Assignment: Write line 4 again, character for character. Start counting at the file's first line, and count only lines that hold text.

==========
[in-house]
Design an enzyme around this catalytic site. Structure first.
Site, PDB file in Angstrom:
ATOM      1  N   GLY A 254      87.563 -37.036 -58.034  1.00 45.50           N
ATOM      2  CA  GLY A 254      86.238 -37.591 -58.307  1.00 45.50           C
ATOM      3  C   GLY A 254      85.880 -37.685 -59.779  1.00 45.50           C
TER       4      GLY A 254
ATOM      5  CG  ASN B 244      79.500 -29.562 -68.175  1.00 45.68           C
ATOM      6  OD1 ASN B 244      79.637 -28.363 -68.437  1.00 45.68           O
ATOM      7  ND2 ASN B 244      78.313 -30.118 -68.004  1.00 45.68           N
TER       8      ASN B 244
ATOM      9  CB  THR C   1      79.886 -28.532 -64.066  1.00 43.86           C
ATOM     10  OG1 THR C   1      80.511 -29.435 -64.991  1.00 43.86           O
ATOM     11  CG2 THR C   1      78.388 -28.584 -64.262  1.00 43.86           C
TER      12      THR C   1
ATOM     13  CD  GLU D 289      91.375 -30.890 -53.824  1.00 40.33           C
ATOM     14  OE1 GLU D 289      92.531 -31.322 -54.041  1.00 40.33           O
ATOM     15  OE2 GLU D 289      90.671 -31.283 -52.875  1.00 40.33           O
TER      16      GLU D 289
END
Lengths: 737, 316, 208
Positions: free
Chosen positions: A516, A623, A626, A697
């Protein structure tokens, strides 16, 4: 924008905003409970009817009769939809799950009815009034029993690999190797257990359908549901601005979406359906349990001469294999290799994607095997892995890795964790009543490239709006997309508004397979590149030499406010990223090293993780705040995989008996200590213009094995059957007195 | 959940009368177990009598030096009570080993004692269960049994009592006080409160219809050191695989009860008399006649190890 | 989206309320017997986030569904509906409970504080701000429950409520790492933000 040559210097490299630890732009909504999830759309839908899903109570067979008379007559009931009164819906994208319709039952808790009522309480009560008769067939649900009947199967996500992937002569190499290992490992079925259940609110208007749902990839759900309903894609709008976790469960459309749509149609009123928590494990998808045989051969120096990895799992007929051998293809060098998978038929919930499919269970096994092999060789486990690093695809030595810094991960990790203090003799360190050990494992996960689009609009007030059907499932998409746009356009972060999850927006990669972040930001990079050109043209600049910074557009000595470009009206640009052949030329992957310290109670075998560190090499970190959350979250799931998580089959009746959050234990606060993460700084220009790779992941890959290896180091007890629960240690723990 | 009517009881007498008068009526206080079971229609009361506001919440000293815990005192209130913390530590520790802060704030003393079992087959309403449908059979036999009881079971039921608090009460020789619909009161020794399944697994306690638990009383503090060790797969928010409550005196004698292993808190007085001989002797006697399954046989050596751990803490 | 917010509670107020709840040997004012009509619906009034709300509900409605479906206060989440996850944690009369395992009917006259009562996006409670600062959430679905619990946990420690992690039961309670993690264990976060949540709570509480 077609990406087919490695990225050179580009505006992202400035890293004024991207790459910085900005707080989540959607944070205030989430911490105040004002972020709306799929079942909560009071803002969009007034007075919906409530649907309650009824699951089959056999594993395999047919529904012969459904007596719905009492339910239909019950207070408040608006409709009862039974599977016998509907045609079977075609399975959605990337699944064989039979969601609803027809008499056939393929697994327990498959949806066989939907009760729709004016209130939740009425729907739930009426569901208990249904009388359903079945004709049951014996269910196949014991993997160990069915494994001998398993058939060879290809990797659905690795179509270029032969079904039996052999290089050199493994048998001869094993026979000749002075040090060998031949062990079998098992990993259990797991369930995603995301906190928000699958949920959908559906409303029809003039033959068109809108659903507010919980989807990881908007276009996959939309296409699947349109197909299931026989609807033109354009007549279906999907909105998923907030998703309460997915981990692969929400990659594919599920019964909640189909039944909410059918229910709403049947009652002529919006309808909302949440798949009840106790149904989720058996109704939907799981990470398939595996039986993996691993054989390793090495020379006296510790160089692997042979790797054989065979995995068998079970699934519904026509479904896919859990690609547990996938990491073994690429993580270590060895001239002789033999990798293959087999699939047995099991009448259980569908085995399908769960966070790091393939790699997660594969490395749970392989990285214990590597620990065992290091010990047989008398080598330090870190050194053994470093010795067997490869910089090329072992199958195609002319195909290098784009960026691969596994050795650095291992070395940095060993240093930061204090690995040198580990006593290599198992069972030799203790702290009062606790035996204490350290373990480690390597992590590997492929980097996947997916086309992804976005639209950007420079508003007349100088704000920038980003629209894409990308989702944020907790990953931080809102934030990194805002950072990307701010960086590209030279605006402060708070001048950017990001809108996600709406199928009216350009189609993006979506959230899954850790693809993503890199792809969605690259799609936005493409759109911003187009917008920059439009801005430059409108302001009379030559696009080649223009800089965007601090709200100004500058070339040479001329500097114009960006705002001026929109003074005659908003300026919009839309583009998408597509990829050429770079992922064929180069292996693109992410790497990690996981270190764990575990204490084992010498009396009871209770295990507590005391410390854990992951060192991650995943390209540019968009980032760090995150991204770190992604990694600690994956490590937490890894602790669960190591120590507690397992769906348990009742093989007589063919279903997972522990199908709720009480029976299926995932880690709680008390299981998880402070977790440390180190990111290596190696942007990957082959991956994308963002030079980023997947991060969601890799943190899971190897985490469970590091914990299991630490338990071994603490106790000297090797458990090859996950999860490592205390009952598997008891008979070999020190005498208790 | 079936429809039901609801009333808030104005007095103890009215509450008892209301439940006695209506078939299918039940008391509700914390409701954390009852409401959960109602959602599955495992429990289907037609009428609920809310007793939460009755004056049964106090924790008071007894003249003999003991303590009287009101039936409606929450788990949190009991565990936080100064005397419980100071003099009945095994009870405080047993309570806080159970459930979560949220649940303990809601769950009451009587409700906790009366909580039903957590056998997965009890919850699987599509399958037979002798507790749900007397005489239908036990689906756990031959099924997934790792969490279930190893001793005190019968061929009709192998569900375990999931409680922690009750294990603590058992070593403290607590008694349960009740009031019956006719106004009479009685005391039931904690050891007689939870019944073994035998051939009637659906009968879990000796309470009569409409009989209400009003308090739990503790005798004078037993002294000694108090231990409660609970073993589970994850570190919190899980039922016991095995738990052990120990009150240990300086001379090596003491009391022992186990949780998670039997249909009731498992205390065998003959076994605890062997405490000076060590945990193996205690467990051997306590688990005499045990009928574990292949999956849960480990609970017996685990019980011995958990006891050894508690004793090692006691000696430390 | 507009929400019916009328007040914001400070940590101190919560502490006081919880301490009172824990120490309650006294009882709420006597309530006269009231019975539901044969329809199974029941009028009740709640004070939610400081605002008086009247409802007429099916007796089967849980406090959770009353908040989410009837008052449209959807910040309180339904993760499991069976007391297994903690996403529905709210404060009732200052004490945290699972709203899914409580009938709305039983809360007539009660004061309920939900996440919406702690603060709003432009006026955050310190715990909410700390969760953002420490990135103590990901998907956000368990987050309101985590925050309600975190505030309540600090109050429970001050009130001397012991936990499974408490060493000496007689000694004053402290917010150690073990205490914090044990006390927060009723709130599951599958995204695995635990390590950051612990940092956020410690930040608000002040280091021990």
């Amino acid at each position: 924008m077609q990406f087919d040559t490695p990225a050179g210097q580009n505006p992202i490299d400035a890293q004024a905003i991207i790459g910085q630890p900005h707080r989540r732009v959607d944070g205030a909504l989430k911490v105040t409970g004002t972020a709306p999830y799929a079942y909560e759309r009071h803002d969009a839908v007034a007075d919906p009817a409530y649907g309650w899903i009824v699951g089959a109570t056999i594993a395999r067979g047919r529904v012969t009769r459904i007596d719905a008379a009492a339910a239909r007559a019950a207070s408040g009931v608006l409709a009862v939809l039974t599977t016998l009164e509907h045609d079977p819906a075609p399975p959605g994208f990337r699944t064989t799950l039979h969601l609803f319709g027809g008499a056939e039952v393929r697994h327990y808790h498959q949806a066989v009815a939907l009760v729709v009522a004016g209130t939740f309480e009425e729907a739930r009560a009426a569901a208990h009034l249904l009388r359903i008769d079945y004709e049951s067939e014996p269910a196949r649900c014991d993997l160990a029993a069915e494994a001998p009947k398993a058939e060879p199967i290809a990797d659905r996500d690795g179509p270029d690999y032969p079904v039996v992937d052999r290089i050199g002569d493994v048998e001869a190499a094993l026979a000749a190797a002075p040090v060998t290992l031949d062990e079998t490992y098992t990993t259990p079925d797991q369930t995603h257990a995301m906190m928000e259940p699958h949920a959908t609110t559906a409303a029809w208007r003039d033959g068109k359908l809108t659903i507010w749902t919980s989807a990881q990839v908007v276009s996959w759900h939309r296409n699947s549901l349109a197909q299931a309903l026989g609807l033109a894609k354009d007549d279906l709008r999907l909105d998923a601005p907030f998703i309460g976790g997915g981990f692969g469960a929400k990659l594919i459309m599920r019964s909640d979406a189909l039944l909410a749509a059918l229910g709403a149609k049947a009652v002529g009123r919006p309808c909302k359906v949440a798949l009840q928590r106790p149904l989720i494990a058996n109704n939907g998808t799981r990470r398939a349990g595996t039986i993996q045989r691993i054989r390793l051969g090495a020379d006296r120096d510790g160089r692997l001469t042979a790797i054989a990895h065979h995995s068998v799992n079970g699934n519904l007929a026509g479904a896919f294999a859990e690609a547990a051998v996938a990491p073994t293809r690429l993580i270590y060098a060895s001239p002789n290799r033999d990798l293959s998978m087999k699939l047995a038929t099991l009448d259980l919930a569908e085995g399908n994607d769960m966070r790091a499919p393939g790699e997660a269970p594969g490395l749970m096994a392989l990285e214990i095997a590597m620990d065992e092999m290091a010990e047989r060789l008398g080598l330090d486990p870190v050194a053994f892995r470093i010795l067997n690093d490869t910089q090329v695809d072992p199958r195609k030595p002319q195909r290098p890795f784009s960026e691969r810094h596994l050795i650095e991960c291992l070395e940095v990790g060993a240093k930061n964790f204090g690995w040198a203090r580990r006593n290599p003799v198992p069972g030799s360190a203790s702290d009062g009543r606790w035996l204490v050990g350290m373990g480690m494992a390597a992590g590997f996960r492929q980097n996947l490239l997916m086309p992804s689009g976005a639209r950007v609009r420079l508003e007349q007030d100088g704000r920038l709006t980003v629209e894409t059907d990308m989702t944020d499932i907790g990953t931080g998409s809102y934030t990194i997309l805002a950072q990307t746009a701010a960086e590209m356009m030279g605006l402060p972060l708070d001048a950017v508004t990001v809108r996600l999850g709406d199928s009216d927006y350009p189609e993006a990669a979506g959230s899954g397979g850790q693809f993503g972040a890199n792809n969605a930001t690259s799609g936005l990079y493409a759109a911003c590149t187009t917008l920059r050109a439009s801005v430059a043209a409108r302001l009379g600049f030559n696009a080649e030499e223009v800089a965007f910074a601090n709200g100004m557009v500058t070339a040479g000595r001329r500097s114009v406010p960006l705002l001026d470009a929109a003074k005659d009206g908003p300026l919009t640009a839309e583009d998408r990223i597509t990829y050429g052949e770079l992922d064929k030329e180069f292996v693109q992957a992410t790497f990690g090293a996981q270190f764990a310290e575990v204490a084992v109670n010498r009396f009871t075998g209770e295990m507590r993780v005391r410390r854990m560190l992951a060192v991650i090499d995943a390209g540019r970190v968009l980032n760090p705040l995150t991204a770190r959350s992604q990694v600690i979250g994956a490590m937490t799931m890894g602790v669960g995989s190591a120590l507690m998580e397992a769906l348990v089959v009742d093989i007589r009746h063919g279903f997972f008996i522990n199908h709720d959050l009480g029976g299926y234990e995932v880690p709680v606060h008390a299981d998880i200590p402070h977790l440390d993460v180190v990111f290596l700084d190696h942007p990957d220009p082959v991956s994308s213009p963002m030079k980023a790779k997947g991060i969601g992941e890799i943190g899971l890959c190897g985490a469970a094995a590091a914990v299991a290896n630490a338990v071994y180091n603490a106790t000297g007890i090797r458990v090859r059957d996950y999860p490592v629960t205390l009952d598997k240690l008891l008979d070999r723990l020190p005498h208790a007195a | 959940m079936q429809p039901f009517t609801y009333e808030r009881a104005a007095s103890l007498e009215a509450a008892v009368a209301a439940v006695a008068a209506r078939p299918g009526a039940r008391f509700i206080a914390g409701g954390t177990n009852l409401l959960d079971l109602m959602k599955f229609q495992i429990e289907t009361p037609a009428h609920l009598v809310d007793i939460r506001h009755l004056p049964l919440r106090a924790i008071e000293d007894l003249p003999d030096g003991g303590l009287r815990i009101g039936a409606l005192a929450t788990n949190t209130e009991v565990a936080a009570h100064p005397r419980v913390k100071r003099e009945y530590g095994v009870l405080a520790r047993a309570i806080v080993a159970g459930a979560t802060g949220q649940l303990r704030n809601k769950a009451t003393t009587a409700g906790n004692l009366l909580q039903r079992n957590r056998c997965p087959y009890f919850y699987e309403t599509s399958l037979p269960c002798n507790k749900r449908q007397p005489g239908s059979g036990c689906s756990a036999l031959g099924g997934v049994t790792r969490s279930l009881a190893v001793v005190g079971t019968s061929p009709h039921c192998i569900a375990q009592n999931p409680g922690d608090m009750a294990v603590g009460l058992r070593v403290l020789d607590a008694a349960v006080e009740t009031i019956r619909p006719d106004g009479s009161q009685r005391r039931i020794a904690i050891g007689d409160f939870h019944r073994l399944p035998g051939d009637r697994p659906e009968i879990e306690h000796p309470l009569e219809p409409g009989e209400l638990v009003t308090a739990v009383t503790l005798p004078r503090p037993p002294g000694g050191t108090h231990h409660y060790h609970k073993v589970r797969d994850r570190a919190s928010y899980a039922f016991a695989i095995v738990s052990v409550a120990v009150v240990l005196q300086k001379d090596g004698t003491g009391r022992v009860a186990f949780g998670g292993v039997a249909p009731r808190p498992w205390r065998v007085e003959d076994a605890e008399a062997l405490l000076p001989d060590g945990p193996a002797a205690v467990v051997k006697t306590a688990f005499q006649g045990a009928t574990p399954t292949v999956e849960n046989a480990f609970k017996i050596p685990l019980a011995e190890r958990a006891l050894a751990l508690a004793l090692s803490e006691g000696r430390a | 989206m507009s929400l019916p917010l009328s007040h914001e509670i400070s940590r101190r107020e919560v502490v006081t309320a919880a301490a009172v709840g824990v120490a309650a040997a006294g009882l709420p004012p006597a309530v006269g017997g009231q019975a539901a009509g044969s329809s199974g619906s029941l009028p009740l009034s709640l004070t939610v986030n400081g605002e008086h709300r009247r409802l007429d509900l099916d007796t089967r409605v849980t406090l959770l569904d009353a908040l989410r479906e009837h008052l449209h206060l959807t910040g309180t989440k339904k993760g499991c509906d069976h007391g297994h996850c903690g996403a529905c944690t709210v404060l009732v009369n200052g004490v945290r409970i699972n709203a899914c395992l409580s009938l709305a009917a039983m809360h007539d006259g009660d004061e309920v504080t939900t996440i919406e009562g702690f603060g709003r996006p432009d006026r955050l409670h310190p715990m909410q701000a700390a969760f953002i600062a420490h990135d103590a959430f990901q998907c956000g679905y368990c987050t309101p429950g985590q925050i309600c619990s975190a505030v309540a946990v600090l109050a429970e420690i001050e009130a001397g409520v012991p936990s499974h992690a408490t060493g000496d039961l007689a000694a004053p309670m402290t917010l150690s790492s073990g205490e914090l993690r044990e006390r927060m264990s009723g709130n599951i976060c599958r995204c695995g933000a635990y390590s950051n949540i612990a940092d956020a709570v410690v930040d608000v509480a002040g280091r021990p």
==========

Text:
ATOM      1  N   GLY A 254      87.563 -37.036 -58.034  1.00 45.50           N